By 1996 Apple's share of the market had fallen to 4% from a high of 16% in the late 1980s.
Michael Spindler, the German-born chief of Apple's European operations who had replaced Sculley as CEO in 1993,
tried to sell the company to Sun, IBM, and Hewlett-Packard.
That failed, and he was ousted in February 1996 and replaced by Gil Amelio, a research engineer who was CEO of National Semiconductor.
During his first year the company lost $1 billion,
and the stock price, which had been $70 in 1991, fell to $14, even as the tech bubble was pushing other stocks into the stratosphere.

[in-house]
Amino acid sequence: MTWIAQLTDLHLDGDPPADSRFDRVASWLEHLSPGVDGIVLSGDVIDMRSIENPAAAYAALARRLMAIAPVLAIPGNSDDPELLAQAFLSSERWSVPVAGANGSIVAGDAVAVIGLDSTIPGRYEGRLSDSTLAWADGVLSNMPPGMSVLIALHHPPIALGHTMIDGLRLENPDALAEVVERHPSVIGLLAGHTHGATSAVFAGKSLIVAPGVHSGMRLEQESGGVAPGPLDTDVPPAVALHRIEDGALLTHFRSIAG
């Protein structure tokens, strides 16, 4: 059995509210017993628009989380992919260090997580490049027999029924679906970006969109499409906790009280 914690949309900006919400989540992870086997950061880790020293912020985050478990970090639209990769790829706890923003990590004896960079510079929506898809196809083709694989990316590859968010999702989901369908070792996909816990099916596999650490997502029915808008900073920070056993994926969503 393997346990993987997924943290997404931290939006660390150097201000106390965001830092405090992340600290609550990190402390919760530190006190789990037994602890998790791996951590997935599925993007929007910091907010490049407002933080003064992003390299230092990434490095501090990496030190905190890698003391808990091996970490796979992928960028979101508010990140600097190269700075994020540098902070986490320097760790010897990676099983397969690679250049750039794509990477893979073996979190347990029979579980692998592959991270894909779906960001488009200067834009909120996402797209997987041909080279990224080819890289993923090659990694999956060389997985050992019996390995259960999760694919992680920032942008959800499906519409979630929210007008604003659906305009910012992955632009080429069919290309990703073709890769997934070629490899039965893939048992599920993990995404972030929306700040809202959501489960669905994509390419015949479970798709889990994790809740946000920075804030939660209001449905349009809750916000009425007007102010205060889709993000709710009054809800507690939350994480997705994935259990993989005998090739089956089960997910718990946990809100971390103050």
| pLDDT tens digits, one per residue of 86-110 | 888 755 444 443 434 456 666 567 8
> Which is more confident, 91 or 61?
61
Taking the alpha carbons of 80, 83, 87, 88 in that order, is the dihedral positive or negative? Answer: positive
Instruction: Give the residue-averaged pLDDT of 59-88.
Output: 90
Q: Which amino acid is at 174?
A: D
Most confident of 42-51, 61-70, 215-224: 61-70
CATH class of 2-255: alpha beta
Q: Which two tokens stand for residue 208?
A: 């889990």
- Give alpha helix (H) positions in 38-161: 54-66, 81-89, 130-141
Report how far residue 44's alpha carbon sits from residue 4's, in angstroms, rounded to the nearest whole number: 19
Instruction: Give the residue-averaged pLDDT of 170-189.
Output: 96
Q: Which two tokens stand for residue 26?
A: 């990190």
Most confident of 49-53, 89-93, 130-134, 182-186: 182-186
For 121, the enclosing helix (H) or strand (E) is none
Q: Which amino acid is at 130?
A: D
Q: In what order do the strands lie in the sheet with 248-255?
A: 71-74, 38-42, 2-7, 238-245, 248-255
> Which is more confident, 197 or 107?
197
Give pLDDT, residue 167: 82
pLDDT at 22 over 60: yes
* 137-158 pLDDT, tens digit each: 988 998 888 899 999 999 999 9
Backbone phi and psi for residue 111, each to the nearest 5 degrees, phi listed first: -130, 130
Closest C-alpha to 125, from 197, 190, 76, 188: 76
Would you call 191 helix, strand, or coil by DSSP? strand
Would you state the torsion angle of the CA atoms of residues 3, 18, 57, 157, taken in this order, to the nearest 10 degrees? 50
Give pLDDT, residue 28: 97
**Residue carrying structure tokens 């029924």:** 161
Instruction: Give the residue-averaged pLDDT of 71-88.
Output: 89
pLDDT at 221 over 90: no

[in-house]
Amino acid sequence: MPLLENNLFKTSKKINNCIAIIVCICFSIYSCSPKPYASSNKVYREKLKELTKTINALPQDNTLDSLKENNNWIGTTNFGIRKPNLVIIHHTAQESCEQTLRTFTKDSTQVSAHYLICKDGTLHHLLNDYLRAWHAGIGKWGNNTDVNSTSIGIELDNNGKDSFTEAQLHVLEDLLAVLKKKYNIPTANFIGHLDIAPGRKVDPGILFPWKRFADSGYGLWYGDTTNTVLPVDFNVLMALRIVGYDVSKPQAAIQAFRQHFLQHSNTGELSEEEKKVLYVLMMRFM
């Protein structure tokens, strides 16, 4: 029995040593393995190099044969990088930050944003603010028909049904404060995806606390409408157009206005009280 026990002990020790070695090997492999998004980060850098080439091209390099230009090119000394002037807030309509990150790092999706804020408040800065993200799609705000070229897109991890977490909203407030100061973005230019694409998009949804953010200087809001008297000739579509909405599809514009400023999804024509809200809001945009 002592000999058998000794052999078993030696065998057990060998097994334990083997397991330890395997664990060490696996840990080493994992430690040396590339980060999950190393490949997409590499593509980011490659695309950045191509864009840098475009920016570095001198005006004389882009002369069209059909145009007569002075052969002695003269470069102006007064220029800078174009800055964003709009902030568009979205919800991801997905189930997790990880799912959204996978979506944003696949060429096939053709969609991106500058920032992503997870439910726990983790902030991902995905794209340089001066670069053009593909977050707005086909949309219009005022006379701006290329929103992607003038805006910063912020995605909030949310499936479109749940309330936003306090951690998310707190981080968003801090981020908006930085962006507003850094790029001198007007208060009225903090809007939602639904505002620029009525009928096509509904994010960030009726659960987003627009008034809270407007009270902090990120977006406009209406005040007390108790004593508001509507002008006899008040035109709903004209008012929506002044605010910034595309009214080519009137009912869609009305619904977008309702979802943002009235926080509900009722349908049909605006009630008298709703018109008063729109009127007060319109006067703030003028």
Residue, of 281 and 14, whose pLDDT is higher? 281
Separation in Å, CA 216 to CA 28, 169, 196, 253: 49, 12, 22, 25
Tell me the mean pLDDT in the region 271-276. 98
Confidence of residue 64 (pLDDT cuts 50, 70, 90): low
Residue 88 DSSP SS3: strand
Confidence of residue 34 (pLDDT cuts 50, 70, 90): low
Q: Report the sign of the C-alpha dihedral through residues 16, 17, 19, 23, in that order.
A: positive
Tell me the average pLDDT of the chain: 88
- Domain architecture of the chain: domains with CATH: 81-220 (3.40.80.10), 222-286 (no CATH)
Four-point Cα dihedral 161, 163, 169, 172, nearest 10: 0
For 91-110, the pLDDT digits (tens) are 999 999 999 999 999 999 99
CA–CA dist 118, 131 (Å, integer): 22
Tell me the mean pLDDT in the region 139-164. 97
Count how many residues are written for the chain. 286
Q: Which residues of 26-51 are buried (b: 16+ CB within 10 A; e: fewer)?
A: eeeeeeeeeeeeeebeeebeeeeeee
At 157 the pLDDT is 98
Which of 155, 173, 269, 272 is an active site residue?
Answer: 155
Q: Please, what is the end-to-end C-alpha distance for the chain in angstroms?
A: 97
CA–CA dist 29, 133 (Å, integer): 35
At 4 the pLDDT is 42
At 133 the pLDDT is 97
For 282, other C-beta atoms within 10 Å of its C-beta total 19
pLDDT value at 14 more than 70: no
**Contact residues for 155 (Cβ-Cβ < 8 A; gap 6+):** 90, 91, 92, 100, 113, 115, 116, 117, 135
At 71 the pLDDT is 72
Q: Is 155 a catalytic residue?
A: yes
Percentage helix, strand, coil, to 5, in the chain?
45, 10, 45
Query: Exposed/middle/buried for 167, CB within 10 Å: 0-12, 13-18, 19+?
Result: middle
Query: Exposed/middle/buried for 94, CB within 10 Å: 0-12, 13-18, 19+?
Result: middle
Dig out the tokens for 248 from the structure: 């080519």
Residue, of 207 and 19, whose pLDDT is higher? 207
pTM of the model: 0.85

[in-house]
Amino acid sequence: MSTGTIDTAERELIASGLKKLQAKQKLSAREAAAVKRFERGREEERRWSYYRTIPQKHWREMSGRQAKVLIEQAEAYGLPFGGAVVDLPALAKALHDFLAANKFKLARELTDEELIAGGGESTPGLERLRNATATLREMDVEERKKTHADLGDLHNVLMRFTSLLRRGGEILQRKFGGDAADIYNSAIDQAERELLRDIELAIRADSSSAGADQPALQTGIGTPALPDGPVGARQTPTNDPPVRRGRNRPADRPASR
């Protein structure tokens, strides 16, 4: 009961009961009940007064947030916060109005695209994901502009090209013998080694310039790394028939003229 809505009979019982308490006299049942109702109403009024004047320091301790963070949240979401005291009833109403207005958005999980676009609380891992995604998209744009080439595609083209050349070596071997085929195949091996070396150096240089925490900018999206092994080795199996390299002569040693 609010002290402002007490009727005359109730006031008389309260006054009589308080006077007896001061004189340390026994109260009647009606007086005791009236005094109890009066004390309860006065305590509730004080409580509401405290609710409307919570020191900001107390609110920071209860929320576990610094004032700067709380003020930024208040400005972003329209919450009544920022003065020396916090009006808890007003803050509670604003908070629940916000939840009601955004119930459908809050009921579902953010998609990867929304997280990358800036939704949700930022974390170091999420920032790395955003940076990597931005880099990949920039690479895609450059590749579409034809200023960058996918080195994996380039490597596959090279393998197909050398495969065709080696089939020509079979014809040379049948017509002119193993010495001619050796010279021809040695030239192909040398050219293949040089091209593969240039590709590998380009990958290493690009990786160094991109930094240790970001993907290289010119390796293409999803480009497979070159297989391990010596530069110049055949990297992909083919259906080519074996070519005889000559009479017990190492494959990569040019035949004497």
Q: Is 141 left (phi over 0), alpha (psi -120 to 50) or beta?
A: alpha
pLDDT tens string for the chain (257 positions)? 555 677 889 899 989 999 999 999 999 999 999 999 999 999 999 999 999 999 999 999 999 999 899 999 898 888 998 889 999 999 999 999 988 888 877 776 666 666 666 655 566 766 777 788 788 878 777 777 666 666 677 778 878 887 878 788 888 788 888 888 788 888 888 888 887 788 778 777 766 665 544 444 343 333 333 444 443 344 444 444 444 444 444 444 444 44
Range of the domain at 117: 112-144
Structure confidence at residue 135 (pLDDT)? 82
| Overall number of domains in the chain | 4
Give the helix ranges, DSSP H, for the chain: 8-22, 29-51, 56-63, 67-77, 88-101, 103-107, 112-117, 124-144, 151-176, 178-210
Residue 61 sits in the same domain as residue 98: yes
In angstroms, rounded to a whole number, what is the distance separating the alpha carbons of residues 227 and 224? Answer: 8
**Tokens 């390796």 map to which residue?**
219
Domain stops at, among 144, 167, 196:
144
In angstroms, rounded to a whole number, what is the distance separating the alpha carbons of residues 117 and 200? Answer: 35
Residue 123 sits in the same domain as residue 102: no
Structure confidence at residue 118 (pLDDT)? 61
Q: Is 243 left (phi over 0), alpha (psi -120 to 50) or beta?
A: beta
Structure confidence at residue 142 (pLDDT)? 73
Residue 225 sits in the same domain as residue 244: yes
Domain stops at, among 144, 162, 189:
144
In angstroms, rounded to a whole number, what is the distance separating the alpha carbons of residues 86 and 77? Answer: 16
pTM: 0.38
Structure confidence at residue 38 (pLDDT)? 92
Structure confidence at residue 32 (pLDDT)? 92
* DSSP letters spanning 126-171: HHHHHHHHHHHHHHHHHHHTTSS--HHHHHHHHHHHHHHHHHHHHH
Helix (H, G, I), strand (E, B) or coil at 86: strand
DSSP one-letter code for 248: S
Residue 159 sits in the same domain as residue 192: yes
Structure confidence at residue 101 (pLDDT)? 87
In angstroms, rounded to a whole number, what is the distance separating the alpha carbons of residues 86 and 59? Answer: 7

Amelio was not a fan of Jobs. Their first meeting had been in 1994, just after Amelio was elected to the Apple board.
Jobs had called him and announced, "I want to come over and see you."
Amelio invited him over to his office at National Semiconductor,
and he later recalled watching through the glass wall of his office as Jobs arrived.
He looked "rather like a boxer, aggressive and elusively graceful, or like an elegant jungle cat ready to spring at its prey."
After a few minutes of pleasantries -- far more than Jobs usually engaged in -- he abruptly announced the reason for his visit.